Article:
Bad Chasing Behavior Hurting Both NWS and Chaser Image

The following is an email I was forwarded from within the NWS...

All,

I am asking for suggestions for handling this situation.

We just received a report from Rooks County, Kansas. During our severe weather last night we had a large supercell move out of Graham county. This system produced a large, long-track tornado which caused significant damage to several farmsteads, numerous trees and a couple of towns. We have a crew conducting the survey. They contacted the Emergency Manager and stopped at the EOC before venturing into the countryside.

During their visit, local law enforcement officials mentioned that there were large numbers of "chasers" in the county. I am not certain the exact number, however from all accounts they disregarded all emergency vehicles, were driving at excessive speeds and generally were reckless and endangering the lives of others. A number of these "chasers" were pulled over and when confronted by the law enforcement officials, commented that they were on official business and had been sanctioned by the National Weather Service.

----------- (survey crew member) informed them that we do not, and will not endorse these activities from the local NWS office. This is not the first time, and I am sure not the last time that the NWS will be 'utilized' by the chase community. I was wondering if it would be appropriate for me to compose a letter to send to the local law enforcement and/or emergency managers stating that we do not endorse, or support chasing from the local office. It's the Japanese Proverb - "The reputation of a thousand years..."

I'd hate to think that the reputation of WFO Hastings would be negatively impacted by the rash and irresponsible actions of a few "chasers".
 
Anytime I run into anyone in the field I state that I am observing storms, not on behalf of anyone (of course if somthing significant is spotted I would report it)

I hate to say this, but would'nt the law enforcement personal request some sort of credentials to back up those claims???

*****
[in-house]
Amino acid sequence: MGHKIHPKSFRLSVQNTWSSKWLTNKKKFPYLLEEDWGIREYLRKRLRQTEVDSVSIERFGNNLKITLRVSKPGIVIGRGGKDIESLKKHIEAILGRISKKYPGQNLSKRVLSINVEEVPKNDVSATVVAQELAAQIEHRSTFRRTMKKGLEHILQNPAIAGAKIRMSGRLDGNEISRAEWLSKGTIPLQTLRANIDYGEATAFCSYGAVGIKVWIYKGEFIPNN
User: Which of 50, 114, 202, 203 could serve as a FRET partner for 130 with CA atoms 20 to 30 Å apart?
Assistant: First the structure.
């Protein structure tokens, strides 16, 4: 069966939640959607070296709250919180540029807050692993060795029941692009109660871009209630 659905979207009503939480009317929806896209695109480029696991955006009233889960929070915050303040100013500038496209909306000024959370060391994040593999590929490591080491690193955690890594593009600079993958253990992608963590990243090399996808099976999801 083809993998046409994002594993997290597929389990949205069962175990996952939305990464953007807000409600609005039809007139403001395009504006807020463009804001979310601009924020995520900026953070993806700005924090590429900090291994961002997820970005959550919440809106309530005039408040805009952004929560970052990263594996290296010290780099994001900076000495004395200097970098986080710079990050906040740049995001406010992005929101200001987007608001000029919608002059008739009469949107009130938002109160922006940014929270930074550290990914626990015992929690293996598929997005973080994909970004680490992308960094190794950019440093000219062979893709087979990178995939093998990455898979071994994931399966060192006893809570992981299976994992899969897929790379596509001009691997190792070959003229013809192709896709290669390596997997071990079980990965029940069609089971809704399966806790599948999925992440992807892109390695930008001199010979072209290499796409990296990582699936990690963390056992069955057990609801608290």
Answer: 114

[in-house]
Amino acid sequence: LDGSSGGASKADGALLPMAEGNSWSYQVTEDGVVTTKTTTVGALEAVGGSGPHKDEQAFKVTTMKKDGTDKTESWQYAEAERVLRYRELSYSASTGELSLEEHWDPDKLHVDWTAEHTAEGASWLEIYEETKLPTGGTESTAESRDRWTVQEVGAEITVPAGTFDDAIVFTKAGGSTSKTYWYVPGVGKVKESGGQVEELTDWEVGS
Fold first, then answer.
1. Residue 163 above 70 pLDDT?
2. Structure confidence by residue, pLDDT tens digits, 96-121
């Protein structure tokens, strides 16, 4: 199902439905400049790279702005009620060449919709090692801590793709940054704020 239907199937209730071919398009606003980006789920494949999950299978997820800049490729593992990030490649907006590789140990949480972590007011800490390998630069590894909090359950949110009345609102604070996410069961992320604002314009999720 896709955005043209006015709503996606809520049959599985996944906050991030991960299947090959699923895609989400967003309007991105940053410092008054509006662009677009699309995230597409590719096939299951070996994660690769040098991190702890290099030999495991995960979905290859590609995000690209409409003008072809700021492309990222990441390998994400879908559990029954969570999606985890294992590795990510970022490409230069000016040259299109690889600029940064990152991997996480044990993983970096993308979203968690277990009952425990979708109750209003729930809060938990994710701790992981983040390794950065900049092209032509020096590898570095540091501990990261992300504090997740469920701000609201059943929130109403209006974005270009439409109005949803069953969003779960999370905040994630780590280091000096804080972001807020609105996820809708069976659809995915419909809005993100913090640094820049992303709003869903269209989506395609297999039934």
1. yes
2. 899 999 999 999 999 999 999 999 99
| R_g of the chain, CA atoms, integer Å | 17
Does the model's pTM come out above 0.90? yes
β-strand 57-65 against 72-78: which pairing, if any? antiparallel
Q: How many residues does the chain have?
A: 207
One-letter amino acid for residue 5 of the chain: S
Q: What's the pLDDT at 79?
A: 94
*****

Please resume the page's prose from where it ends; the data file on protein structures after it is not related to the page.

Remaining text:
I am not a cop, but If someone told me that I would want some sort of ID, ect..... :roll:
 
Didn't a similar event happen to the south of Garden City , KS involving some tour group? If I remember from a recent thread, I believe they ran a couple of cars off the road on June 3rd. Such chasing ethics should be reconsidered even in the heat of the moment.
 
I agree... I've been pulled over a couple of times while chasing, and I've NEVER said I've chased FOR the NWS. Chasing/spotting is a completely optional activity, and, as the email mentioned, the NWS does not sanction chasing/spotting. I even had a cop ask me a few weeks ago in the TX panhandle if I was chasing for the NWS, to which I said I wasn't. Please don't put blame on the NWS for being out chasing...
 
I too have been asked before if I was chasing on "official business". I think a letter to local law enforcement might be in order if some chasers are answering yes to this in order to avoid tickets etc.... Not sure if this will start the proliferation of skywarn magnets on the sides of chase vehicles - but agree that some form of documentation should be required - or be in a government vehicle in order to qualify as an "official chaser", not to be confused with the prior thread on professional chasers... ha ha.

Glen
 
Hmmm, one would think that even if they WERE chasing for NWS, they would be subject to the same traffic laws as the rest of us..................Unless you are local law enforcement or emergency management you are not on "official business" in situations like these.